fan assembly onto it. The fan assembly attaches magnetically and also
via two green electrical connectors that feed 120 V power to the unit
via the provided black power cord. (I decided to replace the black cord
with a white one to make it look a little more attractive and I secured
the white cord to the side of the window frame with white nail-down
Back outside again, I installed the outside vent cover. I later painted
the cover to match the wood trim on the house.
When I plugged in the unit and turned it on using the remote control I
heard a long "beep" and after several seconds I noticed that the
shutters slowly opened up to allow air movement through it. This takes almost a
minute to happen which is surprisingly slow. Similarly when power is
turned off the shutters in the vent slowly close up to seal off
airflow. Here it is opened up fully:
There are control switches on the right side that offer limited
functionality, but they are hard to reach:
It is much simpler to use the remote control which offers a broader range of options:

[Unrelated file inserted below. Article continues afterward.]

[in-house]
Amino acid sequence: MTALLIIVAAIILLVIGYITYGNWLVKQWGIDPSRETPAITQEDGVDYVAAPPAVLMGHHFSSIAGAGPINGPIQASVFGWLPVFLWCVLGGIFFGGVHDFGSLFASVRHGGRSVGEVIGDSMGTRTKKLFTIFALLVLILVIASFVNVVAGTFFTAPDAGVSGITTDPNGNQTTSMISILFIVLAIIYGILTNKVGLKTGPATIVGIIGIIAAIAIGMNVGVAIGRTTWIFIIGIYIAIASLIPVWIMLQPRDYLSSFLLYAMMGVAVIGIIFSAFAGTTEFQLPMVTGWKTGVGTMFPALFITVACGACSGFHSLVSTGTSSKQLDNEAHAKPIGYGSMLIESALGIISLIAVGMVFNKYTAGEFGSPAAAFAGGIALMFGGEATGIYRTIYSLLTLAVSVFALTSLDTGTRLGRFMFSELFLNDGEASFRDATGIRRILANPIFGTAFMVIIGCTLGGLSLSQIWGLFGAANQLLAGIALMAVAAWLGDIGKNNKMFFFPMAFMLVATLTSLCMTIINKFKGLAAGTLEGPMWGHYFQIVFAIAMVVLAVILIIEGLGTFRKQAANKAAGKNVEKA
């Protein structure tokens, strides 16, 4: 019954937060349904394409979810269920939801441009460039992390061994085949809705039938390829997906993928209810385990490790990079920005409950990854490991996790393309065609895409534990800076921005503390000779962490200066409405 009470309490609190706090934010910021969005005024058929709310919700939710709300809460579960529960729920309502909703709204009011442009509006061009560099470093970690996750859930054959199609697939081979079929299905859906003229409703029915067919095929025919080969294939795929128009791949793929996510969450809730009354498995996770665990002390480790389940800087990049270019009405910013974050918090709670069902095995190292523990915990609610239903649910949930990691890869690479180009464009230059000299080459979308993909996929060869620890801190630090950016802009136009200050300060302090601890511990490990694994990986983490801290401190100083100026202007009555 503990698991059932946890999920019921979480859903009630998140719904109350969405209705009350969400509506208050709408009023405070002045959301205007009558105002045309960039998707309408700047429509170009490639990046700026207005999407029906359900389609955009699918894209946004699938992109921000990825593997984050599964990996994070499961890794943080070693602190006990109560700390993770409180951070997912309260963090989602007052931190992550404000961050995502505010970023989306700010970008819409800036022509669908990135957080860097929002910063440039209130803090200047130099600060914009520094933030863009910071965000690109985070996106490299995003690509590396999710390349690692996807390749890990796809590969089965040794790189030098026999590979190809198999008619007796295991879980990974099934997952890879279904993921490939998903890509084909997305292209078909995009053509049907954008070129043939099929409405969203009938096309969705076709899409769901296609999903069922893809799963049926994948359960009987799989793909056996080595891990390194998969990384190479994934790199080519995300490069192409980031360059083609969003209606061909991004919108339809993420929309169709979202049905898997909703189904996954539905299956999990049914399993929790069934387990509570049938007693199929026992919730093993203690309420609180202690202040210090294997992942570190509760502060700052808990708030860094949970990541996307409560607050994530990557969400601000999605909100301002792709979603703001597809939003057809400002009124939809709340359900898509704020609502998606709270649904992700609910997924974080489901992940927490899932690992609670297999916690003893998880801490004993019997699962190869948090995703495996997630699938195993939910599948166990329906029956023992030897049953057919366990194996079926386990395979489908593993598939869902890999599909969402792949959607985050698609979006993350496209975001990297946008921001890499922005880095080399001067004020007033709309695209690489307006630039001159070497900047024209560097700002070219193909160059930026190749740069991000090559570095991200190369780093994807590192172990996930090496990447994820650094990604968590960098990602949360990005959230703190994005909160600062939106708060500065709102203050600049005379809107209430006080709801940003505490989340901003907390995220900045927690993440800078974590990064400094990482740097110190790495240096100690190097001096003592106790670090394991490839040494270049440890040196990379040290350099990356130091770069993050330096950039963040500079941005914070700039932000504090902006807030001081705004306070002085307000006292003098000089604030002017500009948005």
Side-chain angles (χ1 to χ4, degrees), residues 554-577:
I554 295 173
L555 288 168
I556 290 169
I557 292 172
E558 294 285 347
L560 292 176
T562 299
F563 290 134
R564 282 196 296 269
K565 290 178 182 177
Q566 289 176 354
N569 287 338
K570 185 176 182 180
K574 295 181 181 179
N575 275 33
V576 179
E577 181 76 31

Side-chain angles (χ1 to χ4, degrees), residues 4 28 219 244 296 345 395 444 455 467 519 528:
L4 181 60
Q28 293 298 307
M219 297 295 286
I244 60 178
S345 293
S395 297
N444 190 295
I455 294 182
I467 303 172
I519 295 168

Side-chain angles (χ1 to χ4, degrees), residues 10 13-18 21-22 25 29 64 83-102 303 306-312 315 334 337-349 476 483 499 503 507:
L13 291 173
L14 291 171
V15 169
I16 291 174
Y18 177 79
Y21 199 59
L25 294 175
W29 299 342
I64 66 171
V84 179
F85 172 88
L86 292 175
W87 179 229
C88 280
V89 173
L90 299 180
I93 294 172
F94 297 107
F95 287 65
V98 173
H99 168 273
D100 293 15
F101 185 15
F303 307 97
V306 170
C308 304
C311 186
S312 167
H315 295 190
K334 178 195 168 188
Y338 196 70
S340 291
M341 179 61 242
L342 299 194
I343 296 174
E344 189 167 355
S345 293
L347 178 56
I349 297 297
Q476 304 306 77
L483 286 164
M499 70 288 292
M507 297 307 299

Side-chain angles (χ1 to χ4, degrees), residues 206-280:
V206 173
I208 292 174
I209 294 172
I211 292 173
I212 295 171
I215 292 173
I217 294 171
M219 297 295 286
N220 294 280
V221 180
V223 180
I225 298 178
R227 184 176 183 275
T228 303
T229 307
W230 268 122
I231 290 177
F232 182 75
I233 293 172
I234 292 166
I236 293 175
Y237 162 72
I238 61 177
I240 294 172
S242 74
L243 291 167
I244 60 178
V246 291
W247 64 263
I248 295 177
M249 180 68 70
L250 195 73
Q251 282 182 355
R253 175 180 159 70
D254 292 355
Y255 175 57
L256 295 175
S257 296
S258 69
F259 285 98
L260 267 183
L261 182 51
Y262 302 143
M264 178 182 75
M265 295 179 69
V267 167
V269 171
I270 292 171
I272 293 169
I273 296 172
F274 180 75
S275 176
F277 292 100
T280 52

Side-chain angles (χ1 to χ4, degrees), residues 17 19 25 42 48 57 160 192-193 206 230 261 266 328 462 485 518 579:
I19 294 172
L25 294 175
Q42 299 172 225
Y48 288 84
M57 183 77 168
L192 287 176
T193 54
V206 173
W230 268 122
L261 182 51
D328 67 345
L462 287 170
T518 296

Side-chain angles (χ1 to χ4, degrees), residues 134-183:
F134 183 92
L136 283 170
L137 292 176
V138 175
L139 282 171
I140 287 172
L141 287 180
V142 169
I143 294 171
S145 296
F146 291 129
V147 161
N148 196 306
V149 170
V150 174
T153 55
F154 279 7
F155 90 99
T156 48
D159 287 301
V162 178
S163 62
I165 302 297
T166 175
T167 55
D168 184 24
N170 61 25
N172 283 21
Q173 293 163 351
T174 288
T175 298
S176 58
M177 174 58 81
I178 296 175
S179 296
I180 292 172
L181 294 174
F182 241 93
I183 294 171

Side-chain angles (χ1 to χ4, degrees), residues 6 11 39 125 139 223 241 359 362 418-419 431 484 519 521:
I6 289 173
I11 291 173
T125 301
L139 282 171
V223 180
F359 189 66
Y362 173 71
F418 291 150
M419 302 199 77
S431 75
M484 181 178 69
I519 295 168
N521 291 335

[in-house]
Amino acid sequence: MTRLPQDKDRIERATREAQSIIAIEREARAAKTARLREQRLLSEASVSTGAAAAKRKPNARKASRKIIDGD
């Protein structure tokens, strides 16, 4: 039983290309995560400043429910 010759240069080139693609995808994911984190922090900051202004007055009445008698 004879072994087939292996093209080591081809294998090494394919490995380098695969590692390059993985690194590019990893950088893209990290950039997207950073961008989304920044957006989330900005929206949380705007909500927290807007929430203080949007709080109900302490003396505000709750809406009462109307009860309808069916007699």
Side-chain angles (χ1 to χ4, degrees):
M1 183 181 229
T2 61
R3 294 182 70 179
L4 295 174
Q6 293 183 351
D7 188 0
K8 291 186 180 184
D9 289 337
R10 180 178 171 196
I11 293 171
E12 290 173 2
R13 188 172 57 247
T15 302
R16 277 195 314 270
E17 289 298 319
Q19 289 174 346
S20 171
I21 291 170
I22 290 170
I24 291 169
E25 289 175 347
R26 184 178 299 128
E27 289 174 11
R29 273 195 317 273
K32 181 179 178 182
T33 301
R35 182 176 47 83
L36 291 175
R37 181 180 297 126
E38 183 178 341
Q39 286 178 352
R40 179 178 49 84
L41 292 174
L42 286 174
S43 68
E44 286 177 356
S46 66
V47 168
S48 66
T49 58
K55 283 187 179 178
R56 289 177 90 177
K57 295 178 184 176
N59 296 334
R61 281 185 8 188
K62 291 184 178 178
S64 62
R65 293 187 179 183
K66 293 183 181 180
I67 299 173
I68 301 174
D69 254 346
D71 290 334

Page 15 of the manual contains the operating instructions, but leaves out a lot of useful details so I have revised the page and you can download my revised version from here.
When I start cooking - I can press the "Air Extract" button to use it as a fume hood since I do not have one in the kitchen. Once the smells have been eliminated, I can switch back to the "Ventilation with Energy Regeneration" mode. I plan to leave it in "Night Mode" so that it will continue to provide fresh air but at a much reduced airflow during the frigid Maine nights. Apparently the unit detects ambient light and switches to Night Mode automatically when the room is dark - this coincides with the coldest night time temperatures and a reduced need for fresh air. It is a well conceived feature for this device.